A new poll reveals that the majority of teachers are concerned about going back to school as states debate whether to reopen this fall. An overwhelming 82% of K-12 educators surveyed said they are worried about returning to classrooms, and 66% said they’d prefer to work remotely, according to poll from NPR/Ipsos.
According to The Hill, 82% of the teachers who identified as Democrats thought that teaching should be done remotely this fall, while 18% said teaching in classrooms was okay. This compared to 49% of Republicans who said kids should be taught remotely and 51% who said they should be taught in person.
According to Mic, the teacher poll was conducted between July 21-24 and included 505 participants, half of whom taught in low-income schools. Many teachers expressed concerns for their health with one stating that her school didn’t even have custodial staff.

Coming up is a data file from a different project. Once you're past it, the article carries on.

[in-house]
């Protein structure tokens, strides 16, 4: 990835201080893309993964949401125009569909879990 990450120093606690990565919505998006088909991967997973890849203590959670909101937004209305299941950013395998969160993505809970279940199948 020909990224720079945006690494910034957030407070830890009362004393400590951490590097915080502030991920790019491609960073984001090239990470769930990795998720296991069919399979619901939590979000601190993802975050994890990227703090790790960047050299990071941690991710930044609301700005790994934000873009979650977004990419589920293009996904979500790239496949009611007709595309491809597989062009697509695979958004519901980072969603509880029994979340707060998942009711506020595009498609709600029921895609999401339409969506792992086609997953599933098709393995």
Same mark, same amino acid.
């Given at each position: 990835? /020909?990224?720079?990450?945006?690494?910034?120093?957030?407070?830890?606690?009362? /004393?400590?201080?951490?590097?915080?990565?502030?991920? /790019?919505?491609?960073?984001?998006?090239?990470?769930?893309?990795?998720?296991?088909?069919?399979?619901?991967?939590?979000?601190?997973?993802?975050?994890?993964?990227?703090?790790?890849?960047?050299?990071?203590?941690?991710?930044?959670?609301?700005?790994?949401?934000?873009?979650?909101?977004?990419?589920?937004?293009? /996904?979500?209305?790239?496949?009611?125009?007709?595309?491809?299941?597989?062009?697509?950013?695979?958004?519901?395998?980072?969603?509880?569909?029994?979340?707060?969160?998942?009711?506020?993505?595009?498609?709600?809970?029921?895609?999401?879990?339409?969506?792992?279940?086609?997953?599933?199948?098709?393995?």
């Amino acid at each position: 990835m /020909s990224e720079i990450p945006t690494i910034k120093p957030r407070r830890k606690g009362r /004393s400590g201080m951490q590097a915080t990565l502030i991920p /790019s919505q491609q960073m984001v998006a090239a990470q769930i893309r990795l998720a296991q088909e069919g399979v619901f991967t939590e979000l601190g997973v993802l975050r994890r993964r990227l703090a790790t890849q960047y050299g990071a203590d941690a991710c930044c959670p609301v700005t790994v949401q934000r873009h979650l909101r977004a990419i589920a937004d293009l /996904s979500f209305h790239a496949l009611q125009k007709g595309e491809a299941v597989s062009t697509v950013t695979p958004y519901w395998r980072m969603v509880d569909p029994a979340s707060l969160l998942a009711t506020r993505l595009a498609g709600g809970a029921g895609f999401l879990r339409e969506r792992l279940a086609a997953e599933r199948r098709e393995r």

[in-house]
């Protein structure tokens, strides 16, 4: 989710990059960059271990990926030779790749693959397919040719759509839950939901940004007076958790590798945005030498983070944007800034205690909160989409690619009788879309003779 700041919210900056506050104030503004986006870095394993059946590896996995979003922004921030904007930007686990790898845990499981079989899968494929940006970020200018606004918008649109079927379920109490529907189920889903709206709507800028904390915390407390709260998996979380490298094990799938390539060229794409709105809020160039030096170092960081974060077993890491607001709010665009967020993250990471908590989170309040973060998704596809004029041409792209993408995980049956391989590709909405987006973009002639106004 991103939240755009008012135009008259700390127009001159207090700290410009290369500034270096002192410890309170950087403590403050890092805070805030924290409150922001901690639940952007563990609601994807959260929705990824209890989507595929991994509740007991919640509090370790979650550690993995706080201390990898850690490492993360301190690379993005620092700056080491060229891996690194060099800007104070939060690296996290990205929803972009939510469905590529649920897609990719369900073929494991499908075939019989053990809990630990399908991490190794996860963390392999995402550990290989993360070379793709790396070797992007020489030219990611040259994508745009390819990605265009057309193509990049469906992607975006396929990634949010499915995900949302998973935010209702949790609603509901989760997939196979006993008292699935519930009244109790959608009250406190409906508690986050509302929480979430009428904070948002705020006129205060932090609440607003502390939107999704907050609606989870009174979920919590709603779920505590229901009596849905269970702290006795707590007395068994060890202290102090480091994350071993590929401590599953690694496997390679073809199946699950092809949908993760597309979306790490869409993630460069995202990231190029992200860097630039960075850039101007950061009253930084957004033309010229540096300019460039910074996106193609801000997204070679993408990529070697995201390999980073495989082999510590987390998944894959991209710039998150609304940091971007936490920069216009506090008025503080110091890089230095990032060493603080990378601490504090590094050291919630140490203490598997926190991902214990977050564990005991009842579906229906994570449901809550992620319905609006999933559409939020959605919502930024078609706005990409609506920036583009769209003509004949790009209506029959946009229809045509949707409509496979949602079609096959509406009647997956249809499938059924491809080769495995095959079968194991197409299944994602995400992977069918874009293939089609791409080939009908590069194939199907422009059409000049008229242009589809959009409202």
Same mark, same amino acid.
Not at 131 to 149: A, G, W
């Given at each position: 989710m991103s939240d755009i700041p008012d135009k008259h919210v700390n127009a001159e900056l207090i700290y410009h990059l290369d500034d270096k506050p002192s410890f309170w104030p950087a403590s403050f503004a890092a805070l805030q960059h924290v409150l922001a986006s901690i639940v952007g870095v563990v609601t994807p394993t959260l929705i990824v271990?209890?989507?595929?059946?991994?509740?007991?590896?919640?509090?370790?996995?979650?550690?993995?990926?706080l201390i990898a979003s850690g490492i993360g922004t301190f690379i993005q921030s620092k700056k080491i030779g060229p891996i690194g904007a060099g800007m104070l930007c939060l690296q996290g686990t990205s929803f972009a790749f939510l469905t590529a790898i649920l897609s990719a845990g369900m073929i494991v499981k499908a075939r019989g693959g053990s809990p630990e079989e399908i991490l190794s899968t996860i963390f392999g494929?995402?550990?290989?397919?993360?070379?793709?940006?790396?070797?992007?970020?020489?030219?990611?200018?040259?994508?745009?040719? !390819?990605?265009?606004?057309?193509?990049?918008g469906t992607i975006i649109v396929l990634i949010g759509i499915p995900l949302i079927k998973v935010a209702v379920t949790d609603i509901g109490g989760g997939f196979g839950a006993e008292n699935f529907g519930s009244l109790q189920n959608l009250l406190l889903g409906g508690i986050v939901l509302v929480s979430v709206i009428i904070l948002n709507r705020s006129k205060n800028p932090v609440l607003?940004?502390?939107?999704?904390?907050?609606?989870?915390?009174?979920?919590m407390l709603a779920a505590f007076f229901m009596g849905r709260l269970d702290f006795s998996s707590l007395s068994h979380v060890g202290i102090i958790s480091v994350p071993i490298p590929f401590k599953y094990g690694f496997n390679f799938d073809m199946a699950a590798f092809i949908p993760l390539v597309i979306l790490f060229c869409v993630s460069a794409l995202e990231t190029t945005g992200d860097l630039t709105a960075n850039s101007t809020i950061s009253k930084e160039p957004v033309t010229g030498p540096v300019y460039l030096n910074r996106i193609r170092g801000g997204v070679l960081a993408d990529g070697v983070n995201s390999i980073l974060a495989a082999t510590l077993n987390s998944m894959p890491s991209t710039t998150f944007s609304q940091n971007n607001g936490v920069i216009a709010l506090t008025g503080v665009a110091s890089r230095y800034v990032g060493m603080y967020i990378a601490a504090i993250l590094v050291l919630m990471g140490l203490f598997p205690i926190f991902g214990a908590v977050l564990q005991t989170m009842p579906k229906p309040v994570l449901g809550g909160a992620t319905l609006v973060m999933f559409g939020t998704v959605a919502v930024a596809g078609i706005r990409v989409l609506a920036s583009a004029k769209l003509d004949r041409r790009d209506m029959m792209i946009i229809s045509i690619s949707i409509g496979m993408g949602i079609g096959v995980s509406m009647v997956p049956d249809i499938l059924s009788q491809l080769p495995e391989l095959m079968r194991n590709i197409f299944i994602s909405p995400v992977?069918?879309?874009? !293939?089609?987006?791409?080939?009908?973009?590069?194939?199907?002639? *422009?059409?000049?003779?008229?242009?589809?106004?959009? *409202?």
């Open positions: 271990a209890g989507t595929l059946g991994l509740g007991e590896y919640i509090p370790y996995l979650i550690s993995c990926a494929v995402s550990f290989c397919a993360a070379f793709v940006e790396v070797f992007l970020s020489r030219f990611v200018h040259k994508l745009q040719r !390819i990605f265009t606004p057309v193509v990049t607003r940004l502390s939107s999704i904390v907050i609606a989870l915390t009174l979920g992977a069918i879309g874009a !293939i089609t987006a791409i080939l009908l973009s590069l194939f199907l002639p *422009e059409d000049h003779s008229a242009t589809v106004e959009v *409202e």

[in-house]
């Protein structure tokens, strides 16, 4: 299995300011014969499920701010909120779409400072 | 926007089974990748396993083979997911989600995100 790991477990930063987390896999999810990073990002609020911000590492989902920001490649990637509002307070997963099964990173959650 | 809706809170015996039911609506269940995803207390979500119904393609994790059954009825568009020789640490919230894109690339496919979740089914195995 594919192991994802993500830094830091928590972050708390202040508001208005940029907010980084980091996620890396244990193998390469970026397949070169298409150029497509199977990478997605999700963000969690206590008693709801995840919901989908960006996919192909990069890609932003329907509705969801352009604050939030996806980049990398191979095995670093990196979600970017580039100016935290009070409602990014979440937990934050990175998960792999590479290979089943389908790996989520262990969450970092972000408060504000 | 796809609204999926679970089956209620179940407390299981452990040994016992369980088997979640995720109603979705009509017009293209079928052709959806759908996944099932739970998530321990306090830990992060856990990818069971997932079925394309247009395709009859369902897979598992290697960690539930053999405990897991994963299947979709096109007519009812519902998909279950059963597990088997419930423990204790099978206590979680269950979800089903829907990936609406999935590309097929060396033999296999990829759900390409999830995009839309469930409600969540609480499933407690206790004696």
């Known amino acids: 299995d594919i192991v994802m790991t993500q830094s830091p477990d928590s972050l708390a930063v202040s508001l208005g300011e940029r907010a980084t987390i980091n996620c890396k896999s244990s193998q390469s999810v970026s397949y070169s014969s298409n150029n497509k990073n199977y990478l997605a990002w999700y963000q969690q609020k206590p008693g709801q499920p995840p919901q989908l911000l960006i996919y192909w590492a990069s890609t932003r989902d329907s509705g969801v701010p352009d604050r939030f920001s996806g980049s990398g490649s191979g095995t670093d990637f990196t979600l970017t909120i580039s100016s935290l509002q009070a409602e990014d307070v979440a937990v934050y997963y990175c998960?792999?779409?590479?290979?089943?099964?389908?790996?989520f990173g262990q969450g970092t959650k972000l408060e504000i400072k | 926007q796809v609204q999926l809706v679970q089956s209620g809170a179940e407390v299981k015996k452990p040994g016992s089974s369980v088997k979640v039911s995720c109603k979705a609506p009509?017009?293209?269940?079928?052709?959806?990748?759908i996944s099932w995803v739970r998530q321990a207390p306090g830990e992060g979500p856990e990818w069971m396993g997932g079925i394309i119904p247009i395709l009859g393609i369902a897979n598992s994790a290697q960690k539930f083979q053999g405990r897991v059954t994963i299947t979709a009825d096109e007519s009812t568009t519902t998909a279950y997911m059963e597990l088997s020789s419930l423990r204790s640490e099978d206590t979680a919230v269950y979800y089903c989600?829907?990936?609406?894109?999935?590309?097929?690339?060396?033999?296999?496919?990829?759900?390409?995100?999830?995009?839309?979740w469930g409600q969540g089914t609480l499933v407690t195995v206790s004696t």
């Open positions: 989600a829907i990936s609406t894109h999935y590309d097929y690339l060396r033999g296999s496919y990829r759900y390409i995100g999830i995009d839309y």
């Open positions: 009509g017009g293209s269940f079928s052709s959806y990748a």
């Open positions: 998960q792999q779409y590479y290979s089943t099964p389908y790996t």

Texas-based teacher Robin Stauffer said: “They don’t supply hand sanitizer. They don’t supply wipes. None of these supplies were ever given to us. You just use what you have or what teachers themselves purchased.”
In Georgia’s largest school district, Gwinnet County Public Schools, 260 employees already tested positive or were exposed to COVID-19 last week one day after reopening. Philadelphia officials have decided to go fully remote, according to Mic, and Chicago Public Schools, the nation’s third-largest school system, will do the same after teachers threatened to strike.
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